At the perinatal stage, when the formation of neural circuits is intense, EPA and DHA are likely crucial. As an example, optimal levels of EPA and DHA are essential for the appropriate development of the neural networks that support the reward system in rats (Ducrocq et al. 2020). Congruently, people with major depressive disorder, schizophrenia, or bipolar disorder suffer from low motivation and generally have low levels of these fatty acids in blood (Messamore and McNamara 2016). Interestingly, these low levels of EPA and DHA do not appear to be related to diet (Noaghiul and Hibbeln 2003; Peet 2004).

Children and adolescents with attention deficit hyperactivity disorder (ADHD) significantly improved their clinical symptoms and cognitive performance (Chang et al. 2018), especially individuals with low basal levels of these fatty acids (Chang et al. 2019). Beneficial effects in depression is disputed (Deane et al. 2019; Liao et al. 2019). Alzheimer's patients, who usually have low levels of DHA in the brain (de Wilde et al. 2017) due to a decrease of DHA synthesis in the liver (Astarita et al. 2010), an impairment of DHA import to the brain (Ochiai et al. 2019) and poor eating habits (Samadi et al. 2019), could benefit at the early stage of the disease (Canhada et al. 2018). It is therefore tempting to hypothesise that these mental disorders may have a genetic component responsible of a reduced synthesis of EPA and/or DHA, which are essential for the successful development, maintenance and function of neural networks.

Nevertheless, a recent meta-analysis of 38 RPCTs concluded that supplementation does not seem to help healthy adults, as it does not prevent the onset of neurocognitive illness (Brainard et al. 2020). Despite this, EFSA allows the industry to claim that supplementation with EPA and DHA contributes to the maintenance of normal visual and cognitive functions (EFSA Panel on Dietetic Products and Allergies 2010a, 2011). Here, although the molecular roles of EPA and DHA and clinical data agree in specific situations or conditions, such as premature babies, adolescents with ADHD and Alzheimer's patients, there is no clinical support for supplementation for the general population. For this reason, we believe that the health claims that EFSA allows in terms of vision and cognition, extended to the entire population, exceed the real need.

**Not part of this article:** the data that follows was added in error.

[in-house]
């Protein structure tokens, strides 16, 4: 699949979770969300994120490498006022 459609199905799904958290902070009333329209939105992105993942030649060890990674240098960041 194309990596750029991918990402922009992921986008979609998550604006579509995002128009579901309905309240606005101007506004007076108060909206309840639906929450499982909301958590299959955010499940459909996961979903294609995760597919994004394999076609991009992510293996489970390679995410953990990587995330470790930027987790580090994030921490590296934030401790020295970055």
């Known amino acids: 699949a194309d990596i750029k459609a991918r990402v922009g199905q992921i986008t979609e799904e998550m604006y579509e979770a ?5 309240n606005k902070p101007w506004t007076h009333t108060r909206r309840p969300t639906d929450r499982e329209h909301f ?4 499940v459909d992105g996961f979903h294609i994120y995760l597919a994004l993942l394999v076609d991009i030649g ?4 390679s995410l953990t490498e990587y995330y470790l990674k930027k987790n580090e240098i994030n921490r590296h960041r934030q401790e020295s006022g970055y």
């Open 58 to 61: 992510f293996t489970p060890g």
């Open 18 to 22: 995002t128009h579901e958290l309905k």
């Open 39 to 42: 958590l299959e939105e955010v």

Evidence suggest that DHA synthesis in healthy adults from ALA is sufficient to supply the brain

Scientific literature generally agrees that DHA synthesis in humans occurs with very low efficiency (Fig. 1). On average, the male appears to convert only 1% of ingested ALA to DHA in the liver (Goyens et al. 2006; Lin et al. 2010) and female 8% (Burdge and Wootton 2002). Companies that market EPA and DHA oils use this reported inefficiency in their marketing efforts, as it undoubtedly favours their business interests. Nevertheless, authors like Domenichiello and colleagues have elegantly argued that DHA synthesis in humans may be sufficient to maintain brain function (Domenichiello et al. 2015).

In this line, recent research suggests that prior evaluation of DHA synthesis in humans yielded equivocal results. Pignitter et al. have used circulating LDL (low-density lipoprotein) as a proxy to assess DHA synthesis in the liver, unlike previous studies, which looked for DHA in the fraction of circulating phospholipids, fatty acids or red blood cells. As a result, Pignitter et al. reported that in their experiment, 30% of ingested ALA was converted to DHA (Pignitter et al. 2018).

In addition to this, many studies have reported that the retina and brain bear cell types that synthesize DHA. Examples of this in the retina are the retinal pigment epithelium (Wang and Anderson 1993; Chen et al. 1999), microvascular endothelial cells (Delton-Vandenbroucke et al. 1997) and retinal neurons (Simón et al. 2016). In the brain, astrocytes (Moore et al. 1991; Williard et al. 2001), microvascular cells (Delton-Vandenbroucke et al. 1997) and some types of neurons (Kaduce et al. 2008) also produce DHA. A proper assessment of the magnitude of this DHA synthesized and used in the retina and brain could contribute to demystifying the low production capacity of DHA in humans.

Evolution also indicates that the synthesis of DHA in humans is a physiologically relevant process. The FADS1 and FADS2 genes are responsible for encoding the Δ-desaturases that constitute the bottlenecks that determine the synthesis rate of this fatty acid (Fig. 1). After 23 000 years of a diet of fish, seals and whales, the Inuit of Greenland have fixed less efficient alleles of FADS1 and FADS2 to produce less EPA and DHA and conserve ALA, scarce in their diet (Fumagalli et al. 2015). On the other hand, the predominantly vegetarian diet of Europeans during the Bronze Age caused them to fix more active alleles of FADS1 and FADS2 to produce more EPA and DHA (Buckley et al. 2017). The notion that the diet is capable of modulating the genetics of DHA synthesis throughout evolution suggests that this process is key in human physiology.